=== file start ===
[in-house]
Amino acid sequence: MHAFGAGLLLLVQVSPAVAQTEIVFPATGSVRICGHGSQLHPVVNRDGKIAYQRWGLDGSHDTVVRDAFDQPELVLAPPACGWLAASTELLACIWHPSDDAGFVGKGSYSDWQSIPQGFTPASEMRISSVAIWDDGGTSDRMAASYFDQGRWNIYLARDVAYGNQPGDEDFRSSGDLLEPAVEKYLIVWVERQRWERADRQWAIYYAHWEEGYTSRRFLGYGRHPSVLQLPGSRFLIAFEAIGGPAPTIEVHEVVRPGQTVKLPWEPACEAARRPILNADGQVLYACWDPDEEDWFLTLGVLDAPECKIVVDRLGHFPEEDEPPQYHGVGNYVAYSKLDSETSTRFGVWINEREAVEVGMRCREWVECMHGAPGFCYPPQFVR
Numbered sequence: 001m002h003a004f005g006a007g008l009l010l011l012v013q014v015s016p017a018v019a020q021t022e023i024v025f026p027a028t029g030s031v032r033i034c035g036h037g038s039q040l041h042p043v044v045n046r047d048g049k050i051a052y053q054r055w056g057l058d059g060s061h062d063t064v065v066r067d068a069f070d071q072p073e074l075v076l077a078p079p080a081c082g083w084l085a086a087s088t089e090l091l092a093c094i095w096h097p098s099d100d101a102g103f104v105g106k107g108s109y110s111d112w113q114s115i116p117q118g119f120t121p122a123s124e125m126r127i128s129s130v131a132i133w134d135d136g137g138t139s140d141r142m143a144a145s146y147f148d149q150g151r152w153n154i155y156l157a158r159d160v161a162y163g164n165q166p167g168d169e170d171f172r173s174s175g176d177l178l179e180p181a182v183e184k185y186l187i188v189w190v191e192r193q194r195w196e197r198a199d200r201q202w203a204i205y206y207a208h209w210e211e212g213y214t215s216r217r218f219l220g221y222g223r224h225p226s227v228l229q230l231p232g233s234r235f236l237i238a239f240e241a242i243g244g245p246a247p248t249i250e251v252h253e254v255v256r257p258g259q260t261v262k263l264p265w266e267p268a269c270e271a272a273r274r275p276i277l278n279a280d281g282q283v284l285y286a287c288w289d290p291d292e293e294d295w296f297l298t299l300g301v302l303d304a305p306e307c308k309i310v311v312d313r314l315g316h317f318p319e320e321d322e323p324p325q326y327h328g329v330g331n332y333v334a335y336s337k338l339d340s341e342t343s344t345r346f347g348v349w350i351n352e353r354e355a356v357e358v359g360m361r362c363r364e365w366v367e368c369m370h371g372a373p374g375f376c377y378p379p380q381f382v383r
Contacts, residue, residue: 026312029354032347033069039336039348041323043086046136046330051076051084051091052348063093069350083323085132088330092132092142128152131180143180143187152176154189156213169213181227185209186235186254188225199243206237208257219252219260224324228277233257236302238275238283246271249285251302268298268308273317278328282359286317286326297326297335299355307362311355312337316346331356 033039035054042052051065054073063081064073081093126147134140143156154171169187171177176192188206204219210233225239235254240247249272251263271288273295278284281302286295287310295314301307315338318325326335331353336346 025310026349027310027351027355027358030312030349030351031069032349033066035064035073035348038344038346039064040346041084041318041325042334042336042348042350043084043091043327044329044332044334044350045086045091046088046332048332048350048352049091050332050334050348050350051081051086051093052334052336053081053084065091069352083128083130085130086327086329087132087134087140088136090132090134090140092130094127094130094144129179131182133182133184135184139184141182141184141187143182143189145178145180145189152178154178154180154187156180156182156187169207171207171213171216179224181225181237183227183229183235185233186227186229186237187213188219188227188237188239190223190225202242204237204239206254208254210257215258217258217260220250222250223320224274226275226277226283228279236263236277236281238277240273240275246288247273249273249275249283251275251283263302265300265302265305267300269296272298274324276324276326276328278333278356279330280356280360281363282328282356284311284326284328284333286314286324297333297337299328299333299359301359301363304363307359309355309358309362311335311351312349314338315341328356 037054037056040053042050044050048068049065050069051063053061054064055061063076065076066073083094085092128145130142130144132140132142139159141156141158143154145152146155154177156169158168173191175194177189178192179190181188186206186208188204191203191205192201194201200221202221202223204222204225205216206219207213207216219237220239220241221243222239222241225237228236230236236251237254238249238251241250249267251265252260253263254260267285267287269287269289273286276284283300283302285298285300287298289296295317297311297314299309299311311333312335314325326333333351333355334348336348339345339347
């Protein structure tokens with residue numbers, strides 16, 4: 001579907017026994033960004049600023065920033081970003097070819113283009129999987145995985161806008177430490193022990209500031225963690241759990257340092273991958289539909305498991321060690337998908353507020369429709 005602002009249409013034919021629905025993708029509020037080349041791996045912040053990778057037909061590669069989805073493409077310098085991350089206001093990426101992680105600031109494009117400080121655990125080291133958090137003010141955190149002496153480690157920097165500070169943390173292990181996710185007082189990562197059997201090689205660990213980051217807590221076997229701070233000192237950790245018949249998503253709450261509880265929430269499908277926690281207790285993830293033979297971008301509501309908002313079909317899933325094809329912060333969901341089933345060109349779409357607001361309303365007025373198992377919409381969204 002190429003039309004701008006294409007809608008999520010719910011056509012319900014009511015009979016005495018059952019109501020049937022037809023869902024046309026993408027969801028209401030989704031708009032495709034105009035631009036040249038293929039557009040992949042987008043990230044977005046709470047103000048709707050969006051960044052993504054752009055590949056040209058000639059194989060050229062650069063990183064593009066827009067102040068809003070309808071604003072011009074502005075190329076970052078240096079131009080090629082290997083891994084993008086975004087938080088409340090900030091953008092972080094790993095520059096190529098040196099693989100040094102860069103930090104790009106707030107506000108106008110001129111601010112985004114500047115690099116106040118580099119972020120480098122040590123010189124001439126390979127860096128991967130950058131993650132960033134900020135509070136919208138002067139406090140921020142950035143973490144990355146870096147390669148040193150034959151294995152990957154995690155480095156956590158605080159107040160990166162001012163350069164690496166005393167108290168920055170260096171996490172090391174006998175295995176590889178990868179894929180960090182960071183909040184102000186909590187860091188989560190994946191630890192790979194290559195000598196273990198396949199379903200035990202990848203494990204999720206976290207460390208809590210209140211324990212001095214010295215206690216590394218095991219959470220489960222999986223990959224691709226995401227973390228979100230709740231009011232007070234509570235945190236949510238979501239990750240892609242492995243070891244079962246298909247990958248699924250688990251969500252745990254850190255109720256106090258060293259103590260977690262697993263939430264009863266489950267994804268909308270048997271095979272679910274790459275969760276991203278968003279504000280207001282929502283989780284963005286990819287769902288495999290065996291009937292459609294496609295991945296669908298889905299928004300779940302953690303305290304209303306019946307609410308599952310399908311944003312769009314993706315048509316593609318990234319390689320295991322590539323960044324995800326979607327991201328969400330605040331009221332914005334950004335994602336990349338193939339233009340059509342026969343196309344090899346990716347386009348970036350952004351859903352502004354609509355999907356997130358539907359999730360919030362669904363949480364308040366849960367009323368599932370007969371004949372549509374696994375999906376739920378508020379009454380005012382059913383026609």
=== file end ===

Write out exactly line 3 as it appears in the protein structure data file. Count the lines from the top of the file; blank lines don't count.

Numbered sequence: 001m002h003a004f005g006a007g008l009l010l011l012v013q014v015s016p017a018v019a020q021t022e023i024v025f026p027a028t029g030s031v032r033i034c035g036h037g038s039q040l041h042p043v044v045n046r047d048g049k050i051a052y053q054r055w056g057l058d059g060s061h062d063t064v065v066r067d068a069f070d071q072p073e074l075v076l077a078p079p080a081c082g083w084l085a086a087s088t089e090l091l092a093c094i095w096h097p098s099d100d101a102g103f104v105g106k107g108s109y110s111d112w113q114s115i116p117q118g119f120t121p122a123s124e125m126r127i128s129s130v131a132i133w134d135d136g137g138t139s140d141r142m143a144a145s146y147f148d149q150g151r152w153n154i155y156l157a158r159d160v161a162y163g164n165q166p167g168d169e170d171f172r173s174s175g176d177l178l179e180p181a182v183e184k185y186l187i188v189w190v191e192r193q194r195w196e197r198a199d200r201q202w203a204i205y206y207a208h209w210e211e212g213y214t215s216r217r218f219l220g221y222g223r224h225p226s227v228l229q230l231p232g233s234r235f236l237i238a239f240e241a242i243g244g245p246a247p248t249i250e251v252h253e254v255v256r257p258g259q260t261v262k263l264p265w266e267p268a269c270e271a272a273r274r275p276i277l278n279a280d281g282q283v284l285y286a287c288w289d290p291d292e293e294d295w296f297l298t299l300g301v302l303d304a305p306e307c308k309i310v311v312d313r314l315g316h317f318p319e320e321d322e323p324p325q326y327h328g329v330g331n332y333v334a335y336s337k338l339d340s341e342t343s344t345r346f347g348v349w350i351n352e353r354e355a356v357e358v359g360m361r362c363r364e365w366v367e368c369m370h371g372a373p374g375f376c377y378p379p380q381f382v383r